If I’ve been quiet and off the blog lately, it is because I’ve been writing. Really. A house party is in full swing. A young lady just tried a blantant twisted ankle ploy behind the earl but his sister-in-law Lucy managed to intervene. He is escorting another lady, Lady Danbury’s recommended candidate to be his next countess, to a picnic near a waterfall.
After a few moments she tipped her head toward him, head back to see out from under her bonnet. “The gossip in London about this party was that it was to be strictly political. I know a number of wives and daughters that stayed away for that reason. And yet—”
“And yet we have had a few unexpected guests, all of them young women?” he said.
She dipped her head and he couldn’t see her face but he was certain he had put her to the blush.
“I meant no criticism of you, Lady Estelle.” Should I tell her I asked Henrietta to suggest a bride? No. It is too soon to raise expectations quite that high. It is already hanging in the air.
When she didn’t reply he spoke. She deserved more respect. “An unmarried earl in possession of a full head of hair and all his teeth is an irresistible temptation for matchmaking mothers and their eager daughters. I don’t consider you one of their ilk.”
“Thank you,” she murmured. “I’m not. My grandfather, however, and Lady Danbury, my godmother, have told me we might suit. They asked me to come and spend a bit of time with you. I’m sorry.”
“Don’t apologize. An earl with political ambition, I’m told, ought to consider taking a wife. I have had such encouragement from similar sources. I would prefer to make my own choice of a wife, however.”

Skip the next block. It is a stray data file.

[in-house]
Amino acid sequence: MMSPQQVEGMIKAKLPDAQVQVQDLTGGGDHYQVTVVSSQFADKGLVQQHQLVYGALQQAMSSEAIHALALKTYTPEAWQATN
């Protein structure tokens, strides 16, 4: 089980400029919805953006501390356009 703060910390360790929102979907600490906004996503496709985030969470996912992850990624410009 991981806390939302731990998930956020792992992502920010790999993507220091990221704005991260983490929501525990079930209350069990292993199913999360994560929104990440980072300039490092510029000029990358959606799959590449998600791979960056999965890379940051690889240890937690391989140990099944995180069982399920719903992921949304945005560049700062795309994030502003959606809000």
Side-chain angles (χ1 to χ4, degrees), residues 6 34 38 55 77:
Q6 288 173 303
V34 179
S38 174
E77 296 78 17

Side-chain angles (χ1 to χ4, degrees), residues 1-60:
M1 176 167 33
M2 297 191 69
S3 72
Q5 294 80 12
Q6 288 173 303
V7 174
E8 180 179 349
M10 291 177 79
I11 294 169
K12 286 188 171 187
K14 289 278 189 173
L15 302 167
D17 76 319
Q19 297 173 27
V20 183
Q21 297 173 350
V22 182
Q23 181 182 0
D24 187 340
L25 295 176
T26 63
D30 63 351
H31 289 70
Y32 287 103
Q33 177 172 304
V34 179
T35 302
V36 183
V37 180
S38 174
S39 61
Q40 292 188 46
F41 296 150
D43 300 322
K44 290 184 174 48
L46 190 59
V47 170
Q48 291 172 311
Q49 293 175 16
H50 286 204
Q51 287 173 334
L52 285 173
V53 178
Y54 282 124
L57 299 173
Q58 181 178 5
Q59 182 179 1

She nodded and looked away again. “We should all have a choice in our future,” she said, her voice wistful.
Women, he thought not for the first time, have few choices.
“I’m glad we are in accord. Perhaps we will suit very well—at least for the duration of this house party. We do so far. Shall we see what becomes of our acquaintance, Lady Estelle?”
“I would like that very much, my lord.”
Later by the waterfall, she removed her bonnet, and sat with perfect grace on one of the blankets set aside for the picnic. David who had moved off to greet a various guests spied her sitting there, cool and serene. Henrietta Danbury saw the direction of his gaze.
“She is lovely,” Lady Danbury said.
“She’s exquisitely beautiful,” he said, “and I am beginning to think she has a character to match.”
Henrietta raised one brow. “No flaws?”
None. Except— He glazed beyond Lady Estelle. In a shaft of sunlight, Delia stood with her head tipped back laughing in sheer joy while she caught spray from the cataract tumbling down over the rocks on her face. The picture of vibrant life. She took his breath away.
“Clarion?” Henrietta’s voice came as if from far away.
“I’m sorry Henrietta, I was wool gathering.”
“I asked if you found any flaws in Lady Estelle,” the marchioness said.
“None. None whatsoever.” More’s the pity.
Note: excerpts from works in progress may have not yet been edited, will likely undergo change, and may not even make it into the final work!